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by Wendi Elizabeth Martha Scarth

 

Smart Brush Tool
Photoshop Elements

 

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Colour-pop Images Using The Smart Brush Tool
Suitable for Adobe Photoshop Elements Editor
Skill Level - Intermediate

Smart Brush Photoshop Elements

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This tutorial demonstrates how create a part colour part monochrome “colour-pop” conversion using Photoshop Elements’ Smart Brush Tool. To work along, you are welcome to download the Start Image I am working with HereUnzip the file and open the image onto Elements’ workspace.

Undo Note
You can step backwards at any time by clicking the top menu’s Undo Tool.



1/
Open your Start Image onto Elements’ workspace - Ctrl/Cmd then O.

Tip
To centralise your image - snap it to the top menu’s orange horizontal line by dragging it towards it.





Zoom Tool Tip
Zooming into your image using the Zoom Tool will provide better Brush control.



Elements 11, 12, 13, 14 & 15 - Tool Options Palette positioned at the bottom of the workspace. Although the palettes have been redesigned the tools work in more or less the same way.

2/
From the Toolbar, activate the Smart Brush Tool.


 




Then from the Smart Brush Tool’s Options Bar, click open the Adjustment Presets by clicking the following black arrow.



And from the subsequent drop-down Palette, ensure Show All is active: then scroll down the thumbnails, and locate then double-left-click the Reverse - black and white Preset, as illustrated below.





Smart Brush And Detail Brush Notes
The Smart Brush and Detail Smart Brush Tools apply colour and tonal adjustments to specific areas of a photograph. By selecting a Preset Adjustment, certain effects can be applied using these Tools. Both Tools automatically creates individual Adjustment Layers to which the effect is applied to. When you apply the Smart Brush Tool, it makes a Selection based on your image’s colour and texture, and then the Adjustment is applied to just the Selected area. The Detail Smart Brush Tool can also be used for fine detail adjustments.

          

Both Brush Tools let you Add and Subtract from the areas being adjusted. Because each Adjustment is applied to its own Layer, you can have more than one Adjustment Preset application. In addition, you can tweak the settings for each Adjustment separately.  When a correction has been made, a Pin appears where you first applied the Adjustment. The pin provides a reference for the specific Adjustment. A new Pin appears when a different Adjustment Preset is applied: this feature makes it easier to modify a specific correction, especially if you apply different Adjustments.

Refine Selection Edge Note
Clicking the Option Bar’s Refine Selection Edge tab brings up the following Refine Mask dialogue box, where (once it has been applied), you can edit the Selection Marquee to suit your photograph’s needs.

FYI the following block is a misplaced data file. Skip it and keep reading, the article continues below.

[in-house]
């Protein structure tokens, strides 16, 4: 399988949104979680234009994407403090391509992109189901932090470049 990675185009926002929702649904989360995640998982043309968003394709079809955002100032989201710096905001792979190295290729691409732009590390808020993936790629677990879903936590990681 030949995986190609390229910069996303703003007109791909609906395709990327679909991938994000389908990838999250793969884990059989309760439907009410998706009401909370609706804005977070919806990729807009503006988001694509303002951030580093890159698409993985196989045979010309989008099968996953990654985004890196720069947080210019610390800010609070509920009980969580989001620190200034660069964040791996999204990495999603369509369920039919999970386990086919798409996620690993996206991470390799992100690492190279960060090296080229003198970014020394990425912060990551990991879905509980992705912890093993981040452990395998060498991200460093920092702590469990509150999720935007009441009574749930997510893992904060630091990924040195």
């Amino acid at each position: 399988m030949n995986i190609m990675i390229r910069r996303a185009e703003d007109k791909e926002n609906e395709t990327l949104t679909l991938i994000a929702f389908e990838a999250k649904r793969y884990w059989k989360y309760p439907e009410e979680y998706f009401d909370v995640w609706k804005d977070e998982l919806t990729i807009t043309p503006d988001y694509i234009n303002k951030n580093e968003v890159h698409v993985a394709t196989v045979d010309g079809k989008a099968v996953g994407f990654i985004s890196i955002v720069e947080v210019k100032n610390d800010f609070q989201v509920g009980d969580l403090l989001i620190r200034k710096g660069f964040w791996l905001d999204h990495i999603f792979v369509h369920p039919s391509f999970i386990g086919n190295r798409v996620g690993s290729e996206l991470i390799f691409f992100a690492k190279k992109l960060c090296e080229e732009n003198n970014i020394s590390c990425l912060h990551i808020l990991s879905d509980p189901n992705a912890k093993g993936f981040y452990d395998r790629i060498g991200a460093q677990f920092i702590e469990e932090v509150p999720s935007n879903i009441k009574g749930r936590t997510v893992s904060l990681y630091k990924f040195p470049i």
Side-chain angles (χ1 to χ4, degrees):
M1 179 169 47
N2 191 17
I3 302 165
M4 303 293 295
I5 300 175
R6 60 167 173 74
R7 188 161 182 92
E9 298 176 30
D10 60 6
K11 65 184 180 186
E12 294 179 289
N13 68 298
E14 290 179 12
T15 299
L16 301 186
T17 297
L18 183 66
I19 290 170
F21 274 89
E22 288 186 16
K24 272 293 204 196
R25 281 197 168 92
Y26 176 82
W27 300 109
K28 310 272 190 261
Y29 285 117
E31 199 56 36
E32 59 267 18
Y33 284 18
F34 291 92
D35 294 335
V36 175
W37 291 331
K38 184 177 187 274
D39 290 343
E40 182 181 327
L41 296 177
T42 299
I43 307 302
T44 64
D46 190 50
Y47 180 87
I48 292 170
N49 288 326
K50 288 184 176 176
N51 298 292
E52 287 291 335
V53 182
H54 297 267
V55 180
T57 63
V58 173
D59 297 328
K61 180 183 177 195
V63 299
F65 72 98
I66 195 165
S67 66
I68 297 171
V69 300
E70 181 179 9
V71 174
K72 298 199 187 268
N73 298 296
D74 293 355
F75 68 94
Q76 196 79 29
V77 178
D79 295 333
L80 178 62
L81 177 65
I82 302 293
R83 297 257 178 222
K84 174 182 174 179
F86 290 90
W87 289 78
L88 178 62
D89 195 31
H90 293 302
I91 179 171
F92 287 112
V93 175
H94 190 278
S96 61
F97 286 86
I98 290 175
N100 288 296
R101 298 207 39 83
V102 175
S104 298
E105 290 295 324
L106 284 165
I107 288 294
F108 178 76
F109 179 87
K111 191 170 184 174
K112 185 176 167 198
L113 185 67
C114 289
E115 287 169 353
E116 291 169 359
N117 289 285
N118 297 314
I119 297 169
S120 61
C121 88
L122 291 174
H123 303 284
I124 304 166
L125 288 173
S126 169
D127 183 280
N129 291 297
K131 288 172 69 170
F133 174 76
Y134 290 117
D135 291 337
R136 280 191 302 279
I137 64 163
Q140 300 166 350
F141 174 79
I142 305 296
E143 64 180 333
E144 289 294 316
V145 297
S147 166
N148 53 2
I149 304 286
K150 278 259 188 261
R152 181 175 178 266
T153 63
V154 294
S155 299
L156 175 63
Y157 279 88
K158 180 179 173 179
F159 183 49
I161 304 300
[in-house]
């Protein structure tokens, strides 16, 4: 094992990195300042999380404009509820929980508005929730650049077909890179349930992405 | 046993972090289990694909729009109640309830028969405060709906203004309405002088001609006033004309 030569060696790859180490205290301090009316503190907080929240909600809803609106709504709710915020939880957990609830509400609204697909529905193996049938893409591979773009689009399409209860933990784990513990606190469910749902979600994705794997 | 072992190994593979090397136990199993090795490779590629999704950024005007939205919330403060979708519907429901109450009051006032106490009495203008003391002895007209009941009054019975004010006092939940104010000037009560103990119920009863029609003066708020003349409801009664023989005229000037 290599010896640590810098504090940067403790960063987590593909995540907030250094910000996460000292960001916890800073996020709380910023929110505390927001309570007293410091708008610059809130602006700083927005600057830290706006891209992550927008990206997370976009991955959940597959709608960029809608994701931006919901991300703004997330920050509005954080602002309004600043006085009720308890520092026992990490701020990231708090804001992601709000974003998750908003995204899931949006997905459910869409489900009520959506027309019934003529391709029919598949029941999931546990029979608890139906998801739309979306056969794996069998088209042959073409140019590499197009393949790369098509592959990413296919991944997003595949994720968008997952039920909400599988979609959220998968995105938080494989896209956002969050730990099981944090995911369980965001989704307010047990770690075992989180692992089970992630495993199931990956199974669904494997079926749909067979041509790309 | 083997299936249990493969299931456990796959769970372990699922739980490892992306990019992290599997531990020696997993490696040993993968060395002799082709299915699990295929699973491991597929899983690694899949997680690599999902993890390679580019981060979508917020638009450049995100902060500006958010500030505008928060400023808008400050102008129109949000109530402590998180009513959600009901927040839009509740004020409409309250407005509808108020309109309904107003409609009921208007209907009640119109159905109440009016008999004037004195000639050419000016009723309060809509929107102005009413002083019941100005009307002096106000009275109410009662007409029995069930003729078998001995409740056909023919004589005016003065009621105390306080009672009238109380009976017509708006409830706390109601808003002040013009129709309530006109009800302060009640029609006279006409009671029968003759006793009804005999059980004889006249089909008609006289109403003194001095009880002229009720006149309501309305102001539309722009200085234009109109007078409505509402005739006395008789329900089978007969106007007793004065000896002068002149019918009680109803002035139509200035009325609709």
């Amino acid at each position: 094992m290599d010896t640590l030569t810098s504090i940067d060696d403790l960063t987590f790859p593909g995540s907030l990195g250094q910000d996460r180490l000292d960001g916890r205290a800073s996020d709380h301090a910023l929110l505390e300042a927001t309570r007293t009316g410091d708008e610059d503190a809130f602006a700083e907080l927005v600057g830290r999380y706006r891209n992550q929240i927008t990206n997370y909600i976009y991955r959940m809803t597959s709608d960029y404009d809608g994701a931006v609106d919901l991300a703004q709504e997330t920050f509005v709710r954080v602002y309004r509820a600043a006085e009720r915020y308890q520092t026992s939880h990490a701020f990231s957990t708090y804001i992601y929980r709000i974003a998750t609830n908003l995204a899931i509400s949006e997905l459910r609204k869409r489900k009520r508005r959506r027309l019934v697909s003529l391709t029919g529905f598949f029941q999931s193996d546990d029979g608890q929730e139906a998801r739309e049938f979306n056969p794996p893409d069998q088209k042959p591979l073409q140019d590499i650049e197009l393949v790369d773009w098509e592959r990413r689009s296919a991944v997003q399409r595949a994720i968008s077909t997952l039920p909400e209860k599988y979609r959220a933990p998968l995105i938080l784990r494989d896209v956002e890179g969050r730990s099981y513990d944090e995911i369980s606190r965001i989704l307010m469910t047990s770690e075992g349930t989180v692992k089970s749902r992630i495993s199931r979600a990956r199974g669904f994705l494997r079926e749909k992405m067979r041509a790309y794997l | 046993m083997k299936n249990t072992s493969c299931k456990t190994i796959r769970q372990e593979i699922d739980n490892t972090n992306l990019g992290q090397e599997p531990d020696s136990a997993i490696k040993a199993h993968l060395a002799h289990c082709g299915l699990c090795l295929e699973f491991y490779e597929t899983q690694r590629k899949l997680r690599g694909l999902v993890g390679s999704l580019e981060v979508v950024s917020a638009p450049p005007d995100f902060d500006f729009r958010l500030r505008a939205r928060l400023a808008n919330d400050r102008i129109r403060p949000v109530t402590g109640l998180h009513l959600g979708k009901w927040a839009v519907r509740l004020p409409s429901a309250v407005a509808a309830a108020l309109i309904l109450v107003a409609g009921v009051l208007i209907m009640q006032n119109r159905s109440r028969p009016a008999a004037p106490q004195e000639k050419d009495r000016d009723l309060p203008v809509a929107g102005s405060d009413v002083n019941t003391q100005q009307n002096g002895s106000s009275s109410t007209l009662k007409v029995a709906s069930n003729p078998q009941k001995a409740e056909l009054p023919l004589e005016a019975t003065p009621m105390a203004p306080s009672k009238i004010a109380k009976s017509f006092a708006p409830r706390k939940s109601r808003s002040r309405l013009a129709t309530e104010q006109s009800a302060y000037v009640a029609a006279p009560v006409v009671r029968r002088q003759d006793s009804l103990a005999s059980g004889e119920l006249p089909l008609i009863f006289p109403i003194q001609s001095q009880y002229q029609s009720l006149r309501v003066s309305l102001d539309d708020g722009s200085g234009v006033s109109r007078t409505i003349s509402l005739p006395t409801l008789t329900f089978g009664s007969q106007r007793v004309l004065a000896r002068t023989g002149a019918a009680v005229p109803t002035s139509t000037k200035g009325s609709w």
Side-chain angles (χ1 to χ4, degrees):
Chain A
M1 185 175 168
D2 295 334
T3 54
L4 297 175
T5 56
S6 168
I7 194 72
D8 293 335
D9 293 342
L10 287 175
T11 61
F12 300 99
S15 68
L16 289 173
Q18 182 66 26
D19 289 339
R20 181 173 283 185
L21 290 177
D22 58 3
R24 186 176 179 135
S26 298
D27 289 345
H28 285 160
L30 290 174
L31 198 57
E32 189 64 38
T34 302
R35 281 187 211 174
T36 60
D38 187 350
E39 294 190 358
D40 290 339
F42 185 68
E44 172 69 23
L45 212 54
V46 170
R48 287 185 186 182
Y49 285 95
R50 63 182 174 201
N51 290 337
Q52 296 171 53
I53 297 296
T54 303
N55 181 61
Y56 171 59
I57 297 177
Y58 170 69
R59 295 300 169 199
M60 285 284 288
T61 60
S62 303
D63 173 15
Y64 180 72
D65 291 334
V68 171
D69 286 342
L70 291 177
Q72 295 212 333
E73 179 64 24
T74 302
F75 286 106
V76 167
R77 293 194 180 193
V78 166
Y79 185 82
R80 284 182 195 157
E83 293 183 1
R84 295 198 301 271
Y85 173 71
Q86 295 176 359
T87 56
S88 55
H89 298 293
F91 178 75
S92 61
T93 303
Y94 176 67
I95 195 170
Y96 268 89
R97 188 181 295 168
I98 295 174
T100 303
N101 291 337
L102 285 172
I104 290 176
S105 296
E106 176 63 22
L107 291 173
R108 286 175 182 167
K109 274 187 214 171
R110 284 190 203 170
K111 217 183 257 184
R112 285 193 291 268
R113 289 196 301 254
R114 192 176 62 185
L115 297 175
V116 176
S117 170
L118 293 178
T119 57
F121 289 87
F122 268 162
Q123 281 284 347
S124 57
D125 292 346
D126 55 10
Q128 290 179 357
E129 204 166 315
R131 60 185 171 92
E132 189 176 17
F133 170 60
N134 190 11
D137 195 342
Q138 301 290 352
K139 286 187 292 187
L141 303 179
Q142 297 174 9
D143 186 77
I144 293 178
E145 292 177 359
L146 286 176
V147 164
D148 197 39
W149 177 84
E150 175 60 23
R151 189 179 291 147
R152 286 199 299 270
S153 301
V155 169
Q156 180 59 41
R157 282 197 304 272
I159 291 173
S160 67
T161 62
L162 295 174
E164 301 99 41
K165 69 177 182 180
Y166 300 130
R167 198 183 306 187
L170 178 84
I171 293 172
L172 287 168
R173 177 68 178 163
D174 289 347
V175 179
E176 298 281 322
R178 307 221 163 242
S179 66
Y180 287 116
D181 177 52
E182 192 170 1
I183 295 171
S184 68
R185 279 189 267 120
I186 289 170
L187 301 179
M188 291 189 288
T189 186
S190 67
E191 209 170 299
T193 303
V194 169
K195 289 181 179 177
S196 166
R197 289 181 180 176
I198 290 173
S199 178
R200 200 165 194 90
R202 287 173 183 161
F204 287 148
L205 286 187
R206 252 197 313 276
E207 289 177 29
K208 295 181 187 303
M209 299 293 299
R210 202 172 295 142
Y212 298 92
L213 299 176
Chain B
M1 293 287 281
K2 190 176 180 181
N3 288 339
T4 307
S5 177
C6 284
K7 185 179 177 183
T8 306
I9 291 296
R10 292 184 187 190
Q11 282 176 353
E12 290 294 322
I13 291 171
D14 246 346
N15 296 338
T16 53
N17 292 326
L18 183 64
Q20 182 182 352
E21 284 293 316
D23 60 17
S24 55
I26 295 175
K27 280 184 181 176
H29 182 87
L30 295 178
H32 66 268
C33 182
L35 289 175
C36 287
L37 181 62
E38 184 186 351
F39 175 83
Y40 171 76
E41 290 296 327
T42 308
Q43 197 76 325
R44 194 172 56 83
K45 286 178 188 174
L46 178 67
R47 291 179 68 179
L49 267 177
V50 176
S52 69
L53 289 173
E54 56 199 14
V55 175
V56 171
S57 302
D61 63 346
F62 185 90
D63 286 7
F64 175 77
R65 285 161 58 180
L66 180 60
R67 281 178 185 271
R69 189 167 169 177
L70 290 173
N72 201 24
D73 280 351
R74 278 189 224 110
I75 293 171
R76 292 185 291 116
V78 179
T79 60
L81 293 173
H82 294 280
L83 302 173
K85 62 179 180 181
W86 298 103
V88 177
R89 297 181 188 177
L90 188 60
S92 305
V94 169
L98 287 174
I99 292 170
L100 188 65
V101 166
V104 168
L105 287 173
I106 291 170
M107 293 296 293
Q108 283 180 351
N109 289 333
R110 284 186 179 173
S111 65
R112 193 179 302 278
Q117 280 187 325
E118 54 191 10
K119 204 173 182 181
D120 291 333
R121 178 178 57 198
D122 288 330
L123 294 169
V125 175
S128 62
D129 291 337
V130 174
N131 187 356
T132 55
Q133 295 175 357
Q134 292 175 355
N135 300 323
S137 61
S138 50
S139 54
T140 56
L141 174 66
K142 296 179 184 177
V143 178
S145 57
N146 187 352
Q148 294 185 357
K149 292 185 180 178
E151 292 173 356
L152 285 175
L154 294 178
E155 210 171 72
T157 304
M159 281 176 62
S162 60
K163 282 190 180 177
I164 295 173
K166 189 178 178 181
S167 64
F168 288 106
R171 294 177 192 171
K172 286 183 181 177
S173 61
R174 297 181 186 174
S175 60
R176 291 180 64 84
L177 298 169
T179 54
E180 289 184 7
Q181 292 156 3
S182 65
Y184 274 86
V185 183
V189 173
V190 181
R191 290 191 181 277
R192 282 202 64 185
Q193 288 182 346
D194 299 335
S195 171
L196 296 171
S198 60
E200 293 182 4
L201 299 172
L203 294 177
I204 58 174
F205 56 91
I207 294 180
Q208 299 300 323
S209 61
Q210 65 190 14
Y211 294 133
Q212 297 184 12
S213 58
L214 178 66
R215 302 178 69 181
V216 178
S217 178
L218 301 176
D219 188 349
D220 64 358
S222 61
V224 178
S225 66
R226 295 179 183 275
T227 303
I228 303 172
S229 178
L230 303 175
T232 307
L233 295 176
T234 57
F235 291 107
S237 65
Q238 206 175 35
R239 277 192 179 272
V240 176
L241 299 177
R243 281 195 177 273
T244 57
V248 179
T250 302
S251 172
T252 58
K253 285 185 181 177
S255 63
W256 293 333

Quickly Resize The Brush Size
The Brush Size can be quickly resized by tapping the Outer Bracket Keys - (Caps OFF).

Tutorial Continued
Now, left-click once over the Iris. (When working with your own image, left-click over an area you would like to remain colourised). After left-clicking, the circular area (where you have clicked) will remain colourised; however, the surrounding area (the area outside the circle) will be converted into monochrome - as illustrated below.



A Reverse - black and white Adjustment Layer will then be applied above the Background Layer - as illustrated below.



Now, expand the Selection Marquee so it incorporates just the Iris and Pupil (or an area in your image) by left-clicking and carefully passing your cursor over the Iris and Pupil, as illustrated below. (For better control, apply the Brush one click at a time).



Should the Selection Marquee transcend into (and add colour) to the eyeball or the
eyelashes, (or an incorrect area of your photograph) - as illustrated below.



Change the Brush’s Mode from Add to Selection to Subtract from selection by clicking the Subtract from selection icon highlighted in red below. (Alternatively, press and keep pressed your Alt Key as you apply the Brush).





Then left-click and slowly Contract (shrink) the Selection Marquee so it surrounds just the Iris and Pupil.

Note
Depending on your Start Image, you may to need to work between the Add to Selection and Subtract from Selection Modes until you are happy with the Selection Marquee’s position. If you make an error with the application, step backwards by clicking the top menu’s Undo Arrow and reapply the Brush (IE Selection Marquee).

Tip
Applying the Brush one click at a time provides better control.

     



Mop Up Stray Moving Pixels
If you notice moving Selection Marquee pixels outside of the colourised area, change the Smart Brush Tool’s Mode to Subtract from Selection and remove them.

Add Colour To Different Areas Note
If you would like to add colour to different areas, ensure the Add to selection Mode is active, and carefully paint over (add colour) to additional areas. 



3/
When you are happy with your Colour-popping, from the top menu, choose Select then choose Deselect - Ctrl then D. If you need to edit the Adjustment, then reapply the Selection Marquee by clicking the top menu’s Undo Arrow - and make any final adjustments.





4/
To finish, from the top menu, choose Layer then choose Flatten Image. Congratulations, your Colour-popping Conversion is complete
and is ready to save.



Sharpening Tip
For extra clarity, apply a Sharpening Filter: from the top menu, choose Enhance then select a Sharpening Filter of your choice -
Sharpen Images Tutorial.



Now you are familiar with this technique, you can have lots of fun “colour-popping” photographs.


Wendi E. M. Scarth. 
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